Exile and Beyond – an Excerpt from Engaging the Christian Scriptures

The following is an excerpt from Engaging the Christian Scriptures, by Andrew Arterbury, W. H. Bellinger Jr., and Derek Dodson.


Cover ArtThe move to monarchy resulted in a profound adjustment for ancient Israel, but the fall of Jerusalem to the Babylonian armies and the ensuing exile brought major trauma for this community. Life as this community had known it was at an end. Israel had no means of justice (the king) and no means of atonement (the temple). Babylon now controlled the future for this people.

In the course of time, the Persians succeeded the Babylonian Empire in controlling Mesopotamia, and the Persians then took center stage. The Assyrians’ policy of dealing with conquered peoples had been particularly harsh; it blunted the people’s opposition to their overlords by moving and mixing the people. Babylon exiled conquered peoples. The Persians took the view that conquered peoples would be more cooperative in their homelands as part of the broader empire. In 538 BCE the Persian ruler Cyrus issued an edict that allowed the return of Israel to their land.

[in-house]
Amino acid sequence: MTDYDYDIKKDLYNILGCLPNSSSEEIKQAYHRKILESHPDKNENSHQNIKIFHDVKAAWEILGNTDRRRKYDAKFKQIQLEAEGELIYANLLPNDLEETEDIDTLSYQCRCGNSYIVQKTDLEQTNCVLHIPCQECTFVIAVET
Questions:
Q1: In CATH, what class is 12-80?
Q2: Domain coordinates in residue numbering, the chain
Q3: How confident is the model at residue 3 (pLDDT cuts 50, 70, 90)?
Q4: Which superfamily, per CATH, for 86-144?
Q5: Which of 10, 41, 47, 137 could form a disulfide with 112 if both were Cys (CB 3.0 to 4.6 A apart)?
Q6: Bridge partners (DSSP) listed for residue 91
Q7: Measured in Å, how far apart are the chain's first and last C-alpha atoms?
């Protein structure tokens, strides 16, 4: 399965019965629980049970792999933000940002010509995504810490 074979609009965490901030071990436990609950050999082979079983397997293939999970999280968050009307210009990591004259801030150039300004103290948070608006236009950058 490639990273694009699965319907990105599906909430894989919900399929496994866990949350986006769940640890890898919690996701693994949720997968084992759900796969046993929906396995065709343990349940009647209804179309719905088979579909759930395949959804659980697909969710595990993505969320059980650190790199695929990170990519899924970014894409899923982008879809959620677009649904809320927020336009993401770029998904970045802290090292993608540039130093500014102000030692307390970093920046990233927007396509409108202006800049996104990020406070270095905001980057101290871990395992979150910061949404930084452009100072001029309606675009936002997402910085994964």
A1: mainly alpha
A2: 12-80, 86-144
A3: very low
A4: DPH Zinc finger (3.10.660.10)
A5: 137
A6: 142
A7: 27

With that move, we come to the beginnings of Judaism, the remnants of Judah. Some of the people returned to the land. Ezra and Nehemiah came to positions of leadership in the restored community. Although it is difficult to reconstruct the history here, between 450 and 400 BCE, Ezra, a priest and scribe, led the people in religious reform centered on renewal of the covenant and obedience to Torah. Nehemiah, who was governor for two terms, led in rebuilding Jerusalem and the province.

Some people never left the land and were suspicious of the returnees, as were others in the surrounding area. Still, the community worked to rebuild its life. Eventually the Greeks conquered the whole region, which became part of the Roman Empire by way of a rather complicated history. Central to that era is the Maccabean Revolt in 168 BCE against the local ruler Antiochus IV Epiphanes. For a brief period the Jewish community enjoyed independence, but it was short-lived.

©2014 by Andrew E. Arterbury, W. H. Bellinger Jr., Derek S. Dodson. Published by Baker Academic. Unauthorized use of this material without express written permission is strictly prohibited.


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